In bankruptcy, a homestead exemption protects equity in your home. Here you’ll find specific information about the homestead exemption in Illinois.
For information about how the homestead exemption works in both Chapter 7 and Chapter 13 bankruptcy, see The Homestead Exemption in Bankruptcy. For more articles on exemptions, see our Bankruptcy Exemptions area.
Under the Illinois exemption system, homeowners may exempt up to $15,000 of their home or other property covered by the homestead exemption.
The Illinois homestead exemption requires that you be a legal owner of record to claim the exemption, meaning your name is listed on the deed to the property.
In Illinois, married couples filing a joint bankruptcy can double the homestead exemption amount and protect up to $30,000 of home equity.
(To learn about the advantages and disadvantages of joint bankruptcy filings, see Nolo's section on Bankruptcy Options for Married Couples).
In Illinois, the homestead exemption applies to real and personal property, including your home, condominium, mobile home, and co-op.
The homestead exemption also applies to sale proceeds from the sale of any real or personal property for up to one year from the date you sell the property.
Some states allow bankruptcy filers to use the federal bankruptcy exemptions instead of the state exemptions. Illinois is not one of those states. If you reside in Illinois, you must use the state exemptions.
(To learn more about which state exemptions apply to you, see Which Exemptions Can You Use in Bankruptcy?)
In Illinois, the homestead exemption is automatic – you don’t have to file a homestead declaration in order to claim the homestead exemption in bankruptcy.
If property is held as a tenancy in the entirety, it means the property is jointly owned by a married couple as a single marital entity, not as individuals. Illinois permits tenancies by the entirety, and this may allow debtors to file bankruptcy and protect more than the homestead exemption amount.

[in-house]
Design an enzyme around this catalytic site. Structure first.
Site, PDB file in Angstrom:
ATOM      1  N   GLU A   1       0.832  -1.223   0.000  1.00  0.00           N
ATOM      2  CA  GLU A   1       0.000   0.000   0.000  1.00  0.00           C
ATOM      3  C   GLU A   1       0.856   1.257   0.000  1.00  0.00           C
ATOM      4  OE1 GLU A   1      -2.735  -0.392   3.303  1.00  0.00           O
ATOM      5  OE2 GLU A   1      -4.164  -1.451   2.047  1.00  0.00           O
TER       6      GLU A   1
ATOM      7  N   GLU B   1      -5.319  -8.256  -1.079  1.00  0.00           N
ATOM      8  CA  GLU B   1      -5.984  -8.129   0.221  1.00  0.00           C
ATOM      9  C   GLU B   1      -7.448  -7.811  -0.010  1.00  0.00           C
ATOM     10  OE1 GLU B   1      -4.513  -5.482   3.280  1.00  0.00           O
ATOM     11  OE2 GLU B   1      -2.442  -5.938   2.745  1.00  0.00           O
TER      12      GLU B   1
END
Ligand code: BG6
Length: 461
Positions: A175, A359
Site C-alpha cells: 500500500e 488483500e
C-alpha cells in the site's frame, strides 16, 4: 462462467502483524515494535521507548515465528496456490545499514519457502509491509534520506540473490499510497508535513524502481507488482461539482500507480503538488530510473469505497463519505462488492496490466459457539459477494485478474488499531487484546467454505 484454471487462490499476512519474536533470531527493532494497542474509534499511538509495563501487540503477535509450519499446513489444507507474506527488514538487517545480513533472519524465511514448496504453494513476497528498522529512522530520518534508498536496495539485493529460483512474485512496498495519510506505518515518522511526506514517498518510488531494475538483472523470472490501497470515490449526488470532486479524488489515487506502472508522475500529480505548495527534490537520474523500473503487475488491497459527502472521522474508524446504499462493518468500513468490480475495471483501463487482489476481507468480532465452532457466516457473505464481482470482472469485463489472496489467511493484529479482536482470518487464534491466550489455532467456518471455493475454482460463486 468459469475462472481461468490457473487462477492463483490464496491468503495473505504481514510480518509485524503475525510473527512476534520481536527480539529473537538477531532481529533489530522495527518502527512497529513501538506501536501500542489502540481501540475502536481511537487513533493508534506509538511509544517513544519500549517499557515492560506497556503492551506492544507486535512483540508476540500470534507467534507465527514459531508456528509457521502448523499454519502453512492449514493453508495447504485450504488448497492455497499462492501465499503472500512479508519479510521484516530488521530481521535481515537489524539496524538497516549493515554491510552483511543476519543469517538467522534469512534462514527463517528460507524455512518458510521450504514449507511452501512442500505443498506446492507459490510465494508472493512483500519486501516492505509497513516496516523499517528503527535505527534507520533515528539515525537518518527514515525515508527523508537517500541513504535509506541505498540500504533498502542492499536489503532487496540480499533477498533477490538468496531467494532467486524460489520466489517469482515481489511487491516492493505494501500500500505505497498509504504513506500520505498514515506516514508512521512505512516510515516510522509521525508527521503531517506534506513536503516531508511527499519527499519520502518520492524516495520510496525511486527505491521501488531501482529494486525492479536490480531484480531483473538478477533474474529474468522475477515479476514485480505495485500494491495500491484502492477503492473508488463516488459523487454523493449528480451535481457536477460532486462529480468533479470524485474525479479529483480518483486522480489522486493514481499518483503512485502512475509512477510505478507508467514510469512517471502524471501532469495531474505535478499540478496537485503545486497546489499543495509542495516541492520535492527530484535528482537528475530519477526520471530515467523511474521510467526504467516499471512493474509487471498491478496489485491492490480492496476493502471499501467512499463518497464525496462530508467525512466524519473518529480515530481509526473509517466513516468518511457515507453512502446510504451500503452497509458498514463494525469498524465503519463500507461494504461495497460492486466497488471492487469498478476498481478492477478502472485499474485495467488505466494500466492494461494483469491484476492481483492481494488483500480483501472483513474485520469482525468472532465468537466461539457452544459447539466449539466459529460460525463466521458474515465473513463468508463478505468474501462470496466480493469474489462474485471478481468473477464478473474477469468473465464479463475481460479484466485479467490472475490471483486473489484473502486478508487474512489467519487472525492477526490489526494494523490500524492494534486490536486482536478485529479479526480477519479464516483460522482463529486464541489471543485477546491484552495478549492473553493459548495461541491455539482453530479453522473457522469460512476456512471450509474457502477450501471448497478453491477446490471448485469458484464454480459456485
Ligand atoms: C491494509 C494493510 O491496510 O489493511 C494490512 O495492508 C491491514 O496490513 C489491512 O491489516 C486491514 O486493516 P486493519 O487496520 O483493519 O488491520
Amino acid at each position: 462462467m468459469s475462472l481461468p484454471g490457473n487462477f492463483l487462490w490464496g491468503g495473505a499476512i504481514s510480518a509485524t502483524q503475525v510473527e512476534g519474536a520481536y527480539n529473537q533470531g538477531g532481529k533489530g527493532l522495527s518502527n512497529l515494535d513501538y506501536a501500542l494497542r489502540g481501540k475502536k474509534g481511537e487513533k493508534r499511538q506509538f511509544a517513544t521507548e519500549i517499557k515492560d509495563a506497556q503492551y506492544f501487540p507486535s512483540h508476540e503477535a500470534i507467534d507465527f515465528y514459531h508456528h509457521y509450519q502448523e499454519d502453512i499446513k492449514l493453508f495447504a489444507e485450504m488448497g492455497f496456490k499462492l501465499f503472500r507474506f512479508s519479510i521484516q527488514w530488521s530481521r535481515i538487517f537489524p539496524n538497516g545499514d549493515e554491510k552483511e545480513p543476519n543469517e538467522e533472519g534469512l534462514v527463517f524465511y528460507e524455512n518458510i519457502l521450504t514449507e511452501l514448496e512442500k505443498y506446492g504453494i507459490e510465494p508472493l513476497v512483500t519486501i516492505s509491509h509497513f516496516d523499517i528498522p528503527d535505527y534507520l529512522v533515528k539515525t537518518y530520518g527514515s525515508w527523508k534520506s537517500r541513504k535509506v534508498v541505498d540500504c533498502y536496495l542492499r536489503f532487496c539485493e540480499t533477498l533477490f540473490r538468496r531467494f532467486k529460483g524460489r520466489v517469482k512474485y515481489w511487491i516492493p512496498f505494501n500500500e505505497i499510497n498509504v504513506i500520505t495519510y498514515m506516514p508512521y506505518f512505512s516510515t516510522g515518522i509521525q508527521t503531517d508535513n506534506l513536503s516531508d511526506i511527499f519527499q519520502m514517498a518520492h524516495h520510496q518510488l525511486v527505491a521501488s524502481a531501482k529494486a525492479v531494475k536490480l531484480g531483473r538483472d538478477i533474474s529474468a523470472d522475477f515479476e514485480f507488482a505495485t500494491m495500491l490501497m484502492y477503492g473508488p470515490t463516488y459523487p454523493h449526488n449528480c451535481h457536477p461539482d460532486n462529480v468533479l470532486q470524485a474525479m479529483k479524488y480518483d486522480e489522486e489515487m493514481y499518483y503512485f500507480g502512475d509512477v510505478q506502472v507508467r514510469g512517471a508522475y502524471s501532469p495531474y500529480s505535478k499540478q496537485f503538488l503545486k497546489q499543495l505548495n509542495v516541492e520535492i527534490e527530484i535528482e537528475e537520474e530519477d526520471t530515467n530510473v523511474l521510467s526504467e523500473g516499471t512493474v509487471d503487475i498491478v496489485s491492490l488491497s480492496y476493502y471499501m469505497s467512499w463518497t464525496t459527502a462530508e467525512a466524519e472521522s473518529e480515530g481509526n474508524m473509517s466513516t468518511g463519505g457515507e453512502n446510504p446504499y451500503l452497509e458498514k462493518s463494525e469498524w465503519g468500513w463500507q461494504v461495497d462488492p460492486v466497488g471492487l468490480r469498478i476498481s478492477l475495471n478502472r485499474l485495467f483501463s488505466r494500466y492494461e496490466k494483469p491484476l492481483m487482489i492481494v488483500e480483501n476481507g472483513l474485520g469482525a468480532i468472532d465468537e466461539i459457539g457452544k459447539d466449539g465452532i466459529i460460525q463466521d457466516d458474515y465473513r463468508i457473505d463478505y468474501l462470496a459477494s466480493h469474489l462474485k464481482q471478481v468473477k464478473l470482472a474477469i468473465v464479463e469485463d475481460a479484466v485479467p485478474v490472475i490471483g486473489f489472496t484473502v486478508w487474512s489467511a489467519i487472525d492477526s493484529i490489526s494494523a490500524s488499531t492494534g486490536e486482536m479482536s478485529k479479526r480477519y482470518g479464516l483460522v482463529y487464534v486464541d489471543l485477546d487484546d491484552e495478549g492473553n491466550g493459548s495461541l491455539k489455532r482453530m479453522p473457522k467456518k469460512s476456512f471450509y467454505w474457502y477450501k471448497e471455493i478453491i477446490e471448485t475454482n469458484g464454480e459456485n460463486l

If property is held as a tenancy in the entirety, it is owned as a whole by both married persons and creditors cannot take it to pay the debts of only one owner. For this reason, a tenancy by the entirety is often referred to as a "super exemption," although it is not actually an exemption.
There are limits to the protection provided by a tenancy in the entirety, however. If the bankruptcy filer has tax debts, or if both spouses are liable for a debt (for example, joint credit card debt or medical debt incurred during the course of the marriage), a tenancy by the entirety will not provide protection in excess of the Illinois homestead exemption.
The Illinois statutes have a special provision that allows a surviving spouse to protect the equity in a homestead if the owner dies, for as long as the surviving spouse continues to reside in the homestead.
Similarly, if a homeowner passes and has children under the age of 18 years, the children can protect the equity in the home until age 18.
If a homestead is left to a surviving spouse and that person moves out and deserts the homestead, leaving at least one other person living in the home, the remaining person can continue to protect the home as long as he or she lives there.
Illinois’s homestead exemption is found in the Illinois state statutes at 735 Ill. Comp. Stat. 5/12-901 and 5/12-902. To learn how to find state statutes, check out Nolo’s Laws and Legal Research area.
You can find the Illinois homestead exemption on the Illinois General Assembly at http://www.ilga.gov/legislation/ilcs/ilcs.asp.
The statute portion of the Illinois General Assembly website may not post the most current exemption amounts. If a session of the General Assembly has ended and the amounts were updated, the current amounts will be posted on the Public Acts portion of the General Assembly website, which you can find at www.ilga.gov/legislation/publicacts/default.asp.